My husband and I have this saying, “Act like a duck”. This means that when the stuff of life gets slung in your direction, you let it roll off your back just like water on a duck. We say this a lot.
See, there are some things that I encounter which I deal with so well, but other times the least provocation and I am like a mama bear. It reminds me that the walls of this temple are still just the flesh.
I was reading Mark 7:14-23, NRSV,
14 Then he called the crowd again and said to them, “Listen to me, all of you, and understand: 15 there is nothing outside a person that by going in can defile, but the things that come out are what defile.”
17 When he had left the crowd and entered the house, his disciples asked him about the parable. 18 He said to them, “Then do you also fail to understand? Do you not see that whatever goes into a person from outside cannot defile, 19 since it enters, not the heart but the stomach, and goes out into the sewer?” (Thus he declared all foods clean.) 20 And he said, “It is what comes out of a person that defiles. 21 For it is from within, from the human heart, that evil intentions come: fornication, theft, murder, 22 adultery, avarice, wickedness, deceit, licentiousness, envy, slander, pride, folly. 23 All these evil things come from within, and they defile a person.”
In these verses, Jesus tells me that what is outside of me has no power except the power that I give it. It cannot defile me. It cannot bring me to avarice, wickedness, envy, pride or folly. These things exist because I have absorbed them into my heart.
Just by the sheer fact that my husband and I use the duck phrase shows that we believe we have a choice. I can take responsibility for myself. I can choose in any moment how I will react to the outside. I can shed it, or I can absorb it.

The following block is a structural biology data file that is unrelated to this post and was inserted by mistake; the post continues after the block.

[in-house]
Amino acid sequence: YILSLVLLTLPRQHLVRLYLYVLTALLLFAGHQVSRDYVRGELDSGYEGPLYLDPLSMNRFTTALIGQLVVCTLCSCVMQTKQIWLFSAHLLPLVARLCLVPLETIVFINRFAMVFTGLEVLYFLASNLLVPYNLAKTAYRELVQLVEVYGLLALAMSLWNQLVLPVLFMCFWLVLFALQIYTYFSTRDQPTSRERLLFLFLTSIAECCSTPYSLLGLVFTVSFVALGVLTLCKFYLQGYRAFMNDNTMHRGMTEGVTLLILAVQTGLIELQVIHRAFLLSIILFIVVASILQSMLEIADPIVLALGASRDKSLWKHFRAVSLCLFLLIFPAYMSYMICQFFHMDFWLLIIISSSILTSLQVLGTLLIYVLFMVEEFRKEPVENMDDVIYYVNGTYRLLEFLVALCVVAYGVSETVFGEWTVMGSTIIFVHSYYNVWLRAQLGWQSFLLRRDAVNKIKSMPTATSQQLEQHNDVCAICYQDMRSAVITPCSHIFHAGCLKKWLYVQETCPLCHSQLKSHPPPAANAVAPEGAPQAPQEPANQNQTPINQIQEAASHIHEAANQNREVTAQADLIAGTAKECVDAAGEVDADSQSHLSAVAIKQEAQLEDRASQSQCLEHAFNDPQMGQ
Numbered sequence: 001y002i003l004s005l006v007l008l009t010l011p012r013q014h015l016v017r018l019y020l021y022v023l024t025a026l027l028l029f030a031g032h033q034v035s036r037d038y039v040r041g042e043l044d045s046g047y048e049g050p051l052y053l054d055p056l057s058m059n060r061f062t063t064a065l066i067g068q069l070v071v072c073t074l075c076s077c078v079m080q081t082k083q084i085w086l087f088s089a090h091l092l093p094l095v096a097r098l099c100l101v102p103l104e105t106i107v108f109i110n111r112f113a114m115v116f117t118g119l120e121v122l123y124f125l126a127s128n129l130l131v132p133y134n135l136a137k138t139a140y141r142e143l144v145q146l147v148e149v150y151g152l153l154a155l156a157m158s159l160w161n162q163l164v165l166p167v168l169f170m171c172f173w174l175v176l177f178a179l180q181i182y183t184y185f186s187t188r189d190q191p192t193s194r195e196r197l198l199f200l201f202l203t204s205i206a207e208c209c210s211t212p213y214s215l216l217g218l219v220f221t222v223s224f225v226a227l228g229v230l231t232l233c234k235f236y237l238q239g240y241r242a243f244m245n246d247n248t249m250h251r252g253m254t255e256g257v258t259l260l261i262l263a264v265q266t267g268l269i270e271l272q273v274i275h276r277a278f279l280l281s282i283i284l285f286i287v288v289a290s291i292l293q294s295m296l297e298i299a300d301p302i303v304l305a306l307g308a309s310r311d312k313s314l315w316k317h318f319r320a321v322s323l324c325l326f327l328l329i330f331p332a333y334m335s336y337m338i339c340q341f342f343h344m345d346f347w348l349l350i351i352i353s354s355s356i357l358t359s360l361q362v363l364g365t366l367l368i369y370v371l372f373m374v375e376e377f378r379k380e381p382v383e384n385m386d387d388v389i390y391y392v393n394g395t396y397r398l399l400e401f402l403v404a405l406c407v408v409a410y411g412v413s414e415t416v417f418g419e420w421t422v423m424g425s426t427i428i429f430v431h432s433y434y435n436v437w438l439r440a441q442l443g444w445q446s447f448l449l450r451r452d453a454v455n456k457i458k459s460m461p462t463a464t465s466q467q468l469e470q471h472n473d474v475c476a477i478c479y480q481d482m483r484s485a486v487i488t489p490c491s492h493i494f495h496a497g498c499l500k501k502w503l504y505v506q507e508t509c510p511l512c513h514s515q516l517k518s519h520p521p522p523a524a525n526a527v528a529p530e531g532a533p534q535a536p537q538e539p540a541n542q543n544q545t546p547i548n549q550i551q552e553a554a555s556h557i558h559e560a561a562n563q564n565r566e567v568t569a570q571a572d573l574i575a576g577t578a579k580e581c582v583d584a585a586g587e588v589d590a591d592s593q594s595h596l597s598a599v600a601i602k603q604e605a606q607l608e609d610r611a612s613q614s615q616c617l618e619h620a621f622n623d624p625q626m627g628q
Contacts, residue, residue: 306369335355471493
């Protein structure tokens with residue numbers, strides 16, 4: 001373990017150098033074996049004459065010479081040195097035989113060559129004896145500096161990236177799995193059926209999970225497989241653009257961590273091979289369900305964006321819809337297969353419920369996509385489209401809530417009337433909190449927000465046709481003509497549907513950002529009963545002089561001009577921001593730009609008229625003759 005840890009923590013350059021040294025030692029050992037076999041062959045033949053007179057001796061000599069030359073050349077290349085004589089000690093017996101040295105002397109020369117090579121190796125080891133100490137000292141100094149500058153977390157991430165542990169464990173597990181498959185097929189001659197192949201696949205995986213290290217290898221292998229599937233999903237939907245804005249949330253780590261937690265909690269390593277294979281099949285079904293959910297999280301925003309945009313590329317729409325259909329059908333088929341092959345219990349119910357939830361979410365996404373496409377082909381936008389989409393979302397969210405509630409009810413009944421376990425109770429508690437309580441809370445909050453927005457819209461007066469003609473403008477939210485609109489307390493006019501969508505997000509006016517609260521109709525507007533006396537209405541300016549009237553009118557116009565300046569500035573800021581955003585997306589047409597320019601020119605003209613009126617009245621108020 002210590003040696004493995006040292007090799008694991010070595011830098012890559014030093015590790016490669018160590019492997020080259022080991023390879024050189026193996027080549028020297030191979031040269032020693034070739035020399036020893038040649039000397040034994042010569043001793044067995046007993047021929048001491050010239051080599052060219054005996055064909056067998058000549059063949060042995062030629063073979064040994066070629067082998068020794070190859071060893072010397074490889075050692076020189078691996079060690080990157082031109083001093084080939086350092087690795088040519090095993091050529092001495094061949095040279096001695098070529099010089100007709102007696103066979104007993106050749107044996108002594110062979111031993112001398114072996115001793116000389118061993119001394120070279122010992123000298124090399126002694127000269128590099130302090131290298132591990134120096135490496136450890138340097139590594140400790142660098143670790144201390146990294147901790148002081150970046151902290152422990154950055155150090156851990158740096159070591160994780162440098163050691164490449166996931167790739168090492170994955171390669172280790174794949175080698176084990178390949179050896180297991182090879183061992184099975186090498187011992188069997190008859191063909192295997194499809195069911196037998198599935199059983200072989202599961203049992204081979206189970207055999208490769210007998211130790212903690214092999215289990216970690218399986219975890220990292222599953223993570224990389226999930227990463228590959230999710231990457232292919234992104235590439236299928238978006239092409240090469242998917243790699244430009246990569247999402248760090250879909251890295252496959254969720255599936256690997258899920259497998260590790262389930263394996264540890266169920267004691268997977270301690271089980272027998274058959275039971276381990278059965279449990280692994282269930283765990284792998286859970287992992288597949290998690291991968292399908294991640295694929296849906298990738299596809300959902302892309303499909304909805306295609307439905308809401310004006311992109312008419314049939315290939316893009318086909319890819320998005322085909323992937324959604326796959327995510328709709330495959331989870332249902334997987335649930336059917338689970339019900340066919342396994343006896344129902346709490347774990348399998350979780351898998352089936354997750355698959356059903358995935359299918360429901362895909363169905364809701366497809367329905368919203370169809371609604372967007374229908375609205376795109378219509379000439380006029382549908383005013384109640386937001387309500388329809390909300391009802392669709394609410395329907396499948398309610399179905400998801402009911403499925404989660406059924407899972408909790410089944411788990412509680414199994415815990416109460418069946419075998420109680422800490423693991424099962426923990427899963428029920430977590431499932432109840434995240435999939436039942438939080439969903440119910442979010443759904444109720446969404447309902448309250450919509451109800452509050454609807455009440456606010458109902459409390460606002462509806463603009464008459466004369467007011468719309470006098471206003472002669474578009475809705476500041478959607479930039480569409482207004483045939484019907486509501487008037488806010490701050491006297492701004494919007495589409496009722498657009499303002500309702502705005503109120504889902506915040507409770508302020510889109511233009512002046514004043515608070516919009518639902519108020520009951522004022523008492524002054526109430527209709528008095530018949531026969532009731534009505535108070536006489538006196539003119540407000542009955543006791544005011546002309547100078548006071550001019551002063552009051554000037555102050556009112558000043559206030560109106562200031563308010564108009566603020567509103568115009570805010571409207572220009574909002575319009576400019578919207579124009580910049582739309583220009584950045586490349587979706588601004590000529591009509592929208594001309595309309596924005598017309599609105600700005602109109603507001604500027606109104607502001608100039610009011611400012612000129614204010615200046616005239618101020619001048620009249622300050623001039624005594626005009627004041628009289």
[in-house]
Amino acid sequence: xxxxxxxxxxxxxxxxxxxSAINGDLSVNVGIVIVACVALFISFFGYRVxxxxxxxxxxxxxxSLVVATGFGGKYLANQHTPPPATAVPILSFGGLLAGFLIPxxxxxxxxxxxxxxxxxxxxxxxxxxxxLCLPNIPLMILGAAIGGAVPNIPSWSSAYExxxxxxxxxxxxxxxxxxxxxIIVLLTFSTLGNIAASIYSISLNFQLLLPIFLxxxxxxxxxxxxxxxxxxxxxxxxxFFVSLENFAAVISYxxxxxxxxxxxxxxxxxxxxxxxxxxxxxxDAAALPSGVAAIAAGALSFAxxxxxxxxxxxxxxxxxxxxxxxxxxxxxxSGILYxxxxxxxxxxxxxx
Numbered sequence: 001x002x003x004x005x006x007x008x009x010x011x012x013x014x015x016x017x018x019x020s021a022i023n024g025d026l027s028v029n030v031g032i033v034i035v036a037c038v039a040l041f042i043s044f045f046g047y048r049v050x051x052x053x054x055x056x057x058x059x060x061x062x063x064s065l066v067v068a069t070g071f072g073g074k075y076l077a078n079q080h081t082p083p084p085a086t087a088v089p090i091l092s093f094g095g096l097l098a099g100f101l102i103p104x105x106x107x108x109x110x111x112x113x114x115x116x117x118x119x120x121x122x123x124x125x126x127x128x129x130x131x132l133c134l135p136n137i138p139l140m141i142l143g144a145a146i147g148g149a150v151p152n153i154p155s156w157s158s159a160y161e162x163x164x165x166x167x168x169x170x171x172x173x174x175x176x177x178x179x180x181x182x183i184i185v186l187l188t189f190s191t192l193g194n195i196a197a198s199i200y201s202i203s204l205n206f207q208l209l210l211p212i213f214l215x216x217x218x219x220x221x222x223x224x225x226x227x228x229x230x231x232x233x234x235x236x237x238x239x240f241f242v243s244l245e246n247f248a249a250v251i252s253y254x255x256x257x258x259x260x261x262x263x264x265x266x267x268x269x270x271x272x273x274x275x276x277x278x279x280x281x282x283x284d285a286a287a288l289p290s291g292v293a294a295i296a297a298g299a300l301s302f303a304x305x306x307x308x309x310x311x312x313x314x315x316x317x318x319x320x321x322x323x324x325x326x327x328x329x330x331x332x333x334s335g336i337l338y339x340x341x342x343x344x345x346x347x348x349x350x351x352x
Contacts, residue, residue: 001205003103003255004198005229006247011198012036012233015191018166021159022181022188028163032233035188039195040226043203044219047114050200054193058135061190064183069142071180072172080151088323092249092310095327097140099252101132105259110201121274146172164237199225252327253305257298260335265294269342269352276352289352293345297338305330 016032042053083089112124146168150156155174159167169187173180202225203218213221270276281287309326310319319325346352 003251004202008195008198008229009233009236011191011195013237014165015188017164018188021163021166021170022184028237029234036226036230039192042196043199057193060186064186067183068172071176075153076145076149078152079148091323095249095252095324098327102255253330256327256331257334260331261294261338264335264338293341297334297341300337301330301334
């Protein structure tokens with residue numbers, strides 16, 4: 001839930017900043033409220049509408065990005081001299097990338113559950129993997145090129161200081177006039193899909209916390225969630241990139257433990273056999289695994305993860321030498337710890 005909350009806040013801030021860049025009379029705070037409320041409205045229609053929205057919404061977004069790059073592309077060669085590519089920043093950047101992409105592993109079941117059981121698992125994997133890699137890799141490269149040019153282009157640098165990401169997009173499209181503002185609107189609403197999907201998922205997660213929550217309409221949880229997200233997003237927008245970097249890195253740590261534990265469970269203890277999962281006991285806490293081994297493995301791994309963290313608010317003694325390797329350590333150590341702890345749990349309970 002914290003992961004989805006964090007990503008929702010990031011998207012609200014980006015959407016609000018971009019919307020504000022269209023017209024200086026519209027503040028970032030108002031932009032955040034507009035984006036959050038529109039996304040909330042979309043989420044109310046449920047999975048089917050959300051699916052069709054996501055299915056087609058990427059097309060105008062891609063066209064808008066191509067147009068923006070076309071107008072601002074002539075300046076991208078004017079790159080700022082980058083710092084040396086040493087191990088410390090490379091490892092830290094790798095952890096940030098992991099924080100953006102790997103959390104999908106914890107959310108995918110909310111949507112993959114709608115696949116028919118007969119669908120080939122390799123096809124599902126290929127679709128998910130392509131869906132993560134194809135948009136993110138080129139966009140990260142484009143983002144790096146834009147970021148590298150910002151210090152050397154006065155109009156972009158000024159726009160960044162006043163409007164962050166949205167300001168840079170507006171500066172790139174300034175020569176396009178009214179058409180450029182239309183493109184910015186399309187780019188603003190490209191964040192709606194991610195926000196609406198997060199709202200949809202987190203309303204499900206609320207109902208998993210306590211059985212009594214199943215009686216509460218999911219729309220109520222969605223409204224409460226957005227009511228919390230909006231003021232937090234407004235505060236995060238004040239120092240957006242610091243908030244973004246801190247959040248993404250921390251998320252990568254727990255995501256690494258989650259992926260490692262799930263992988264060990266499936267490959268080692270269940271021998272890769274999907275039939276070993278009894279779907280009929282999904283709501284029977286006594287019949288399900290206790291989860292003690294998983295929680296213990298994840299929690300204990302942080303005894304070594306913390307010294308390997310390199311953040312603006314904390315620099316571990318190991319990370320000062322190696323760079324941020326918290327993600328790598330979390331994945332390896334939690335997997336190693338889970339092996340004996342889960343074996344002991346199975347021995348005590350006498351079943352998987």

For every event, or outside stimulus, there are two roads. When my dogs walk on the floor that I am mopping, I can threaten to make them survive on the streets or I can call them to me, rationally. We see it everywhere. Go to Target and watch people with their children. In an instant I see parents belittle their kids, robbing them of dignity, and not teaching them anything in the process. We have choices.
The difference between the roads is the sin that we choose, and have chosen, to hold on to. There are some things that, when said, sound different than others. They raise our blood pressure and make us uncharacteristically unsettled. Instead of deflecting these comments, letting them roll right off our back, we catch them, hold them, stroke them, and watch them. Alone, they have no power, but tended they become part of our hearts.
Today, in My Utmost for His Highest, Oswald Chambers writes,
“The temper of mind is tremendous in its effects, it is the enemy that penetrates right into the soul sand distracts the mind from God. There are certain tempers of mind in which we never dare indulge; if we do, we find they have distracted us from faith in God, and until we get back to the quiet mood before God, our faith in Him is nil, and our confidence in the flesh and in human ingenuity is the thing that rules.”
When we see the outside moving in our direction, we need to pause. We need to recognize that this one might distract us. It might unsettle us, instill confidence in the flesh and temporarily remove complete faith in Him. These are the things that should look like water to us. When they come our way we need to remember that the Holy Spirit has built us like a duck. We are perfectly capable of shedding these words and events. We are able to take responsibility for our reactions.
Good luck acting like a duck!
Is there some situation, however small, that always seems to make it to your heart?
Father, thank you for giving us all the tools that we need to take responsibility for what comes out of our hearts. Continue to show us areas that need to be shed. Teach us how to act like a duck going into the stress of the holidays.